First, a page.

Hapless dads are off to a shaky start
Another comedy drama set in Melbourne rather than Sydney. Will it be as good as Offspring? And does this mean someone might start making television series set in Wellington?
Last night's House Husbands (TV One, 9.30pm) was well-received when it began screening in Australia last September which means I'm going to have to try harder to be a little less underwhelmed by it.
Being a house husband isn't exactly a new idea - Tom Scott wrote a Listener column called just that about 30 years ago. More to the point, it's unusual to have either parent at home these days. The four fathers at the centre of this new series are the usual carefully disparate group which seem to have been put together by a team round a table.
There's the gay dad who's helping bring up his partner's orphaned niece, the retired builder whose wife is now having her turn at a career, the PR man whose wife is a doctor, and - so far the most dominant character - the pro footballer who's just been dropped from his team and whose wife has moved in with his former manager.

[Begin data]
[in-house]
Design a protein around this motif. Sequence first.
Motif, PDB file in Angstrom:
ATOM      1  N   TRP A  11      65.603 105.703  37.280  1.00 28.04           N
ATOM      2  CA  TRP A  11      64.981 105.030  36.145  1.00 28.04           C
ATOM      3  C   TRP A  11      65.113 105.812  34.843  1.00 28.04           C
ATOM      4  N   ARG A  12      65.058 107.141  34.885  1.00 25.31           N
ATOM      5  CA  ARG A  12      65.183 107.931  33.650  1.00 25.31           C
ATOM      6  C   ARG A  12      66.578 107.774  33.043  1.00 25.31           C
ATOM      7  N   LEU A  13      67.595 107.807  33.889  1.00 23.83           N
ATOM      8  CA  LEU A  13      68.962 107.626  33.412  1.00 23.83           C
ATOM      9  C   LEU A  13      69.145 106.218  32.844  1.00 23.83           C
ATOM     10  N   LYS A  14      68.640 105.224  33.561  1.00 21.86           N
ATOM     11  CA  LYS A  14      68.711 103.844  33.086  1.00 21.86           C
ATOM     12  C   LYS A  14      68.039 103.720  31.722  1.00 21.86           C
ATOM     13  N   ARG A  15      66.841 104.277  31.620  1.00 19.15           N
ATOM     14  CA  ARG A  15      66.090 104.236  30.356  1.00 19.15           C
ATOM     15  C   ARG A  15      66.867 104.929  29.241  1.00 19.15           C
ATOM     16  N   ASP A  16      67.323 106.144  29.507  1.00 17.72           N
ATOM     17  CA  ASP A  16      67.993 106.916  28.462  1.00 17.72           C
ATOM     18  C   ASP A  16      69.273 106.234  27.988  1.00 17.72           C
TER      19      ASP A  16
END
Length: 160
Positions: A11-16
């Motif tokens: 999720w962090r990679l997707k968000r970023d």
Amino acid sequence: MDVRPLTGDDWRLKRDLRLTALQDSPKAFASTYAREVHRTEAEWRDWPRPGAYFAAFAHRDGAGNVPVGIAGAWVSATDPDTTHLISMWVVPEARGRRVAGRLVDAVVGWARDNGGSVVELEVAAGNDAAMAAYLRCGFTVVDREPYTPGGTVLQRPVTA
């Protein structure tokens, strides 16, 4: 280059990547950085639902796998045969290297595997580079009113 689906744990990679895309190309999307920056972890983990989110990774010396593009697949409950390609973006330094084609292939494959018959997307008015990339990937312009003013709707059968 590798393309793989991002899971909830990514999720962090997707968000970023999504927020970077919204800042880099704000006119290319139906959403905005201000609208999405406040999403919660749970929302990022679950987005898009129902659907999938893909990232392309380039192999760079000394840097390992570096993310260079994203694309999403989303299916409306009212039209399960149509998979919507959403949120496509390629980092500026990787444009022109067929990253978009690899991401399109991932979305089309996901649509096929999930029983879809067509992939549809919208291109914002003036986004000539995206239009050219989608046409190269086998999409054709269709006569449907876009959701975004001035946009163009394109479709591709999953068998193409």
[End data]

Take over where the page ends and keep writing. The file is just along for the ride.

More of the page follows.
Every character gives the opportunity for strong storylines so it was slightly irritating last night that the opening episode should have an essentially silly one at its core. It's the first day of the new school year, the fathers are dropping off the 5-year-olds, and look away just long enough for the 5-year-olds to steal the school bus. (Well, it happens all the time in Melbourne; New Zealand kids are so immature, so gutless.)
This means ex-footballer Justin has to make a heroic sprint, leap in through the door, and stop the bus. So now he's in trouble for driving with a suspended licence.
Oh please . . . and then the slightly ditzy principal went missing, which meant we got the four hapless dads having to face the deputy principal - nickname, The Terminator.
But even Offspring was guilty of silliness at times. And I did learn to love that one. I'll keep watching.
The Dominion Post